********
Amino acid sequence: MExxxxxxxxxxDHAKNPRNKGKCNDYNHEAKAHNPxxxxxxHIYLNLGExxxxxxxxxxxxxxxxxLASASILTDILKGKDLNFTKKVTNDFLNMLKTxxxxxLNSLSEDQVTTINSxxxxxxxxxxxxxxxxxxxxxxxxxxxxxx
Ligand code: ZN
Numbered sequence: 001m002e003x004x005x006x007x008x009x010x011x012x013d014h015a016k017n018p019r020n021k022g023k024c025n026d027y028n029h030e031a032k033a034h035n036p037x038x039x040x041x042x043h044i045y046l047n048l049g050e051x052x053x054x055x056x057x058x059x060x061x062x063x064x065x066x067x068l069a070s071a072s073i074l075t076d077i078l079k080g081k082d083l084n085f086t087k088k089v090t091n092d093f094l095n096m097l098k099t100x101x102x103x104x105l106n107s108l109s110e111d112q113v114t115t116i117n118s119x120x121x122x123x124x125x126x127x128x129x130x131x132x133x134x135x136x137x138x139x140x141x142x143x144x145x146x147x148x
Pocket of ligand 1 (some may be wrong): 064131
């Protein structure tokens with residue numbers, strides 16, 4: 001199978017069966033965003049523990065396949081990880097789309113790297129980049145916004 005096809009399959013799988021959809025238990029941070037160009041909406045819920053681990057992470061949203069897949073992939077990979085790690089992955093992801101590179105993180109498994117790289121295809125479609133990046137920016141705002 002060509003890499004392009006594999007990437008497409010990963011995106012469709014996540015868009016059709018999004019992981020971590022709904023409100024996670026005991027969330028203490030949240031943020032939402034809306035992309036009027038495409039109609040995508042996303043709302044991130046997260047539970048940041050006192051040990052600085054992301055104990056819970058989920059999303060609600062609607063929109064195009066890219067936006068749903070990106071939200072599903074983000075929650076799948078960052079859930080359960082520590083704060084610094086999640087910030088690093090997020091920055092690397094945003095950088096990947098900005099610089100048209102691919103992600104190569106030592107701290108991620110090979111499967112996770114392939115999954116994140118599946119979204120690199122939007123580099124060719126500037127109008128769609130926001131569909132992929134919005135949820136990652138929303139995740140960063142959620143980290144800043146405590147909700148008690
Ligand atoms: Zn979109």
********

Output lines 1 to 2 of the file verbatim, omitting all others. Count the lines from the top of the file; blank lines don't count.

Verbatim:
Amino acid sequence: MExxxxxxxxxxDHAKNPRNKGKCNDYNHEAKAHNPxxxxxxHIYLNLGExxxxxxxxxxxxxxxxxLASASILTDILKGKDLNFTKKVTNDFLNMLKTxxxxxLNSLSEDQVTTINSxxxxxxxxxxxxxxxxxxxxxxxxxxxxxx
Ligand code: ZN